A Colorado Springs school district banned critical race theory after a black father claimed racism in America would ‘by and large be dead’ if not for institutions and schools ‘keeping it on life support.’
‘I am a direct descendant of the North American slave trade. Both my parents are black. All four of my grandparents are black, all eight of my great grandparents, and all 16 of my great greats. On my mother’s side, my ancestors were enslaved in Alabama. On my father’s side, we were enslaved in Texas,’ Derrick Wilburn said during last week’s meeting.
‘I’m not oppressed and I’m not a victim,’ added Wilburn, the founder of the Rocky Mountain Black Conservatives.
Derrick Wilburn spoke out against critical race theory during a Colorado Springs School District 49 school board meeting on Aug. 13
The school board decided to ban teaching CRT in a 3-2 decision following the meeting
Derrick Wilburn is the founder of the Rocky Mountain Black Conservatives. He has three kids in the Colorado Springs School District 49 and is against critical race theory
The father of three went on to say that he could ‘think of nothing more damaging to a society than to tell a baby born today, that she has grievances against another baby born today, simply because of what their ancestors may have done two centuries ago.’
‘There’s simply no point in doing that to our children, and putting critical race theory into our classrooms in part does that. Putting critical theory into our classrooms is not combating racism. It’s fanning the flames of what little embers are left. I encourage you to support this resolution. Let racism die the death it deserves.’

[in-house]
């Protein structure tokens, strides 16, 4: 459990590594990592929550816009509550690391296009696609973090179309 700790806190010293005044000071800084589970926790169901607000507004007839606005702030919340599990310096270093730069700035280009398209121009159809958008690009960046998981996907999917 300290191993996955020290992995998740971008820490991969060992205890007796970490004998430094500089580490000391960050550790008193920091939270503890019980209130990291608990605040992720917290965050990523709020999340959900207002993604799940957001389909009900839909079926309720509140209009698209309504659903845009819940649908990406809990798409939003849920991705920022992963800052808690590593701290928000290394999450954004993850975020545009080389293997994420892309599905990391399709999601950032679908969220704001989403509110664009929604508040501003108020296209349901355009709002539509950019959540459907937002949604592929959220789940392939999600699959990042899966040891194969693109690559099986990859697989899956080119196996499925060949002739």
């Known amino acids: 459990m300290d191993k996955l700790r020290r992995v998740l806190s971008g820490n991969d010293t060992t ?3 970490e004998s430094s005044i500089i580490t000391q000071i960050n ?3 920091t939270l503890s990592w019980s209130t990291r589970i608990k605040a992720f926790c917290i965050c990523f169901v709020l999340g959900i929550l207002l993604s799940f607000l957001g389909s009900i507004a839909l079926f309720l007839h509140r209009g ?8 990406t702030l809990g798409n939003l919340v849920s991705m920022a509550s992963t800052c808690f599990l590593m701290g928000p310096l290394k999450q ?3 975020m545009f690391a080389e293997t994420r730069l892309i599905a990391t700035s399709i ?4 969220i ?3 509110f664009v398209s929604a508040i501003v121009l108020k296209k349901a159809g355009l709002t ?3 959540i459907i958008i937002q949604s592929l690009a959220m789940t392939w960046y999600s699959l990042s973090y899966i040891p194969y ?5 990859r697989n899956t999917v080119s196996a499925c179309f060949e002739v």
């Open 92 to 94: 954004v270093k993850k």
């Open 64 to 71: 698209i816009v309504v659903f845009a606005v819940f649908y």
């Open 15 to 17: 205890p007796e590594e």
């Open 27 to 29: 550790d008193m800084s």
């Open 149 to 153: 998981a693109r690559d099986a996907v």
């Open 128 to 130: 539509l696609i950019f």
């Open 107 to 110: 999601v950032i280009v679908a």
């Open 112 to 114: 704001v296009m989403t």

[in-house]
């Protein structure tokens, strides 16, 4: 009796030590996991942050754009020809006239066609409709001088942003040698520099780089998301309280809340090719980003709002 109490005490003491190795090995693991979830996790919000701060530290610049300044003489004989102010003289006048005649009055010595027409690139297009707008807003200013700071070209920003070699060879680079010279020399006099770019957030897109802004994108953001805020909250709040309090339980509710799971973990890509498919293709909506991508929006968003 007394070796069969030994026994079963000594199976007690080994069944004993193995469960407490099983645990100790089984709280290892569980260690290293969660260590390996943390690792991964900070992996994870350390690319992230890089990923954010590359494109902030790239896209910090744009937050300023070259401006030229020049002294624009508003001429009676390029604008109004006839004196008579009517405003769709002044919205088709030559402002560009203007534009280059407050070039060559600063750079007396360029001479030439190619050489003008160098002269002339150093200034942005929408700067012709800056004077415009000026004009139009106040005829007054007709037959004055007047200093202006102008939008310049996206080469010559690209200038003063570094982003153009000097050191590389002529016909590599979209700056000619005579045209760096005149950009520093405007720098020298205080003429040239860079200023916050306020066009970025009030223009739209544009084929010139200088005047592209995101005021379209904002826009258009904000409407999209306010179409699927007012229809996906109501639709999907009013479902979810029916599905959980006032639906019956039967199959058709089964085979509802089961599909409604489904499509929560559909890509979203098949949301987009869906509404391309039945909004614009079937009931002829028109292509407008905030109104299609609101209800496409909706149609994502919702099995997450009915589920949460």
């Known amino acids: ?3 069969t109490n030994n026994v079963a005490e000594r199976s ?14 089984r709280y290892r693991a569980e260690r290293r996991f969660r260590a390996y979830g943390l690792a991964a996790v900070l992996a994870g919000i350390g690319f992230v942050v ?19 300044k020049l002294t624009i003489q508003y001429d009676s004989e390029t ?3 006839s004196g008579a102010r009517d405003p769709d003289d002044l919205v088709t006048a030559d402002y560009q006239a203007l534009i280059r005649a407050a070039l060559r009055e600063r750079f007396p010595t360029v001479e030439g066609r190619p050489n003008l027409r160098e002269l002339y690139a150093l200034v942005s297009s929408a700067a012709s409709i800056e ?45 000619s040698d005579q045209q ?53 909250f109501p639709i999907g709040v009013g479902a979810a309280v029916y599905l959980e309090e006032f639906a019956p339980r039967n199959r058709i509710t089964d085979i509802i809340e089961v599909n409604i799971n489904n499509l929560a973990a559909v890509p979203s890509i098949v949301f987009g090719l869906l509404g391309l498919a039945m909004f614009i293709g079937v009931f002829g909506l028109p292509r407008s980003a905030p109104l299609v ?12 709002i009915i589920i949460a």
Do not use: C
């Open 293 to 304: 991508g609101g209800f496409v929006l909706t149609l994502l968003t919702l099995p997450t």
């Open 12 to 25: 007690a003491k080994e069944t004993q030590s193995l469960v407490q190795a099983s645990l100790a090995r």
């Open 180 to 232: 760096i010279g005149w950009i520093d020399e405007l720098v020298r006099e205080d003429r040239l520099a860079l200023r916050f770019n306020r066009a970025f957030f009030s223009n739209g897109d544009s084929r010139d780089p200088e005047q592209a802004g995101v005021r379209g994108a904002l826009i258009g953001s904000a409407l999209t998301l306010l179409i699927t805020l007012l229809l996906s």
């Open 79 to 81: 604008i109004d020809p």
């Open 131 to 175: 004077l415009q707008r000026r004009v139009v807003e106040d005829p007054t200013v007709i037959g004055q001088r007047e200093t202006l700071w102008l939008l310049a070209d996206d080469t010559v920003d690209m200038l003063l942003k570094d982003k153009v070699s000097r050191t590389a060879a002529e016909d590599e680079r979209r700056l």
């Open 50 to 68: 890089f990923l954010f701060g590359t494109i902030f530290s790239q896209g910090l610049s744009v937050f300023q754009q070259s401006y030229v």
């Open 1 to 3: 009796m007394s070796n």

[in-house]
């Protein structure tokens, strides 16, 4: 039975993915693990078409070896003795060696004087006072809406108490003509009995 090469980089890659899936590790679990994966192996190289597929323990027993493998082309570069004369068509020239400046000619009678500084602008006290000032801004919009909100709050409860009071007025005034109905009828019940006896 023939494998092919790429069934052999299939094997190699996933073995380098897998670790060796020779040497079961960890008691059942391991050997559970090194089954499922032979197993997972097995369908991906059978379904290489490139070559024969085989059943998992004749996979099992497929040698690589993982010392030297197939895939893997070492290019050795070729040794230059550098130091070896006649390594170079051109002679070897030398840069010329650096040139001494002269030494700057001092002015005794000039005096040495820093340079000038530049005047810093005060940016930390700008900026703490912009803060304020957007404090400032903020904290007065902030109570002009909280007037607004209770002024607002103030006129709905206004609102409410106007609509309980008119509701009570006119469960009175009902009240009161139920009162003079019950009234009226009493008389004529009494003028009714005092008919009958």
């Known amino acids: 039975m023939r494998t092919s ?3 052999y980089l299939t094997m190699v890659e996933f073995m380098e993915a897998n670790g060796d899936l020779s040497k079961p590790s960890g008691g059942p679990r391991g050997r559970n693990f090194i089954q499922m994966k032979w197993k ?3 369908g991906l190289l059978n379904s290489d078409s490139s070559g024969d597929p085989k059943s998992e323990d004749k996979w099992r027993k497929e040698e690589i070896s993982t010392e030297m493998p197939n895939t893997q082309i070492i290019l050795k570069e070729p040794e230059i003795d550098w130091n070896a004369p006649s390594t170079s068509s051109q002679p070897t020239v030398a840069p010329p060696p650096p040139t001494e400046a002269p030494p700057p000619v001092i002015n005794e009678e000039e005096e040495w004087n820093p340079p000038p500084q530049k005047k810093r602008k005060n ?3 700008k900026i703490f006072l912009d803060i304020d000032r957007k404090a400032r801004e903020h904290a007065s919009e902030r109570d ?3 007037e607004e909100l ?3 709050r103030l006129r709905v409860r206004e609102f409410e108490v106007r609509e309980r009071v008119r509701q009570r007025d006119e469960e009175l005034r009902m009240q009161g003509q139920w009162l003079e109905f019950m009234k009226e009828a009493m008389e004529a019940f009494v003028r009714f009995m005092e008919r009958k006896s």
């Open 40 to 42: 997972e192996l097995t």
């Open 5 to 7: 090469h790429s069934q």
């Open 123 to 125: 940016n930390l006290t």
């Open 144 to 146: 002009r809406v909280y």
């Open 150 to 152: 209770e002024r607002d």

The Colorado Springs School District 49 school board voted 3-2 banning critical race theory, The Gazette reported.
Critical race theory, which has not been taught in any elementary schools, is an educational program that seeks to understand the roots and persistence of racial disparities in the US.
It has been part of the curriculum in several law school programs.
The video of Wilburn’s speech has been viewed thousands of time on social media as the controversial issue polarizes the country.
Some defended Wilburn’s point of view on Twitter, saying ‘Let racism die the death it deserves,’ while others criticize his words, tweeting, ‘The fellow is so disconnected from the experience of the majority of Americans of color.’
@Caspinsight criticized Derrick Wilburn’s speech against critical race theory
@aeliz318 was among the many who supported Wilburn and the vote to ban CRT
@BrightPledge85 questioned Wilburn’s motives and pointed out inconsistencies
@gregprink1 said that schools should teach CRT as racism does not happen in most homes
@legalrocs pointed out that CRT is not actually taught in school districts in the US
Former President Donald Trump and many prominent conservatives politicians have slammed CRT, referring to it as ‘flagrant racism’ that is being forced into ‘every facet of our society.’
‘We shouldn’t be apologizing to the world,’ Trump said. ‘The radical left is determined to ruin everything in America. That’s what they’re doing. Woke politics takes the life and joy out of everything
Meanwhile, liberals like US Congresswoman Alexandria Ocasio-Cortez support CRT, saying teachers should be fluent in ‘dismantling racism.’
‘We know that Republicans have started to now use these laws curtailing critical race ‘curriculum,’ that’s not even being taught in the first place, as a proxy to saying we can’t teach anything about race in our schools beyond just some of the most minimal, minimal, minimal facts,’ she said.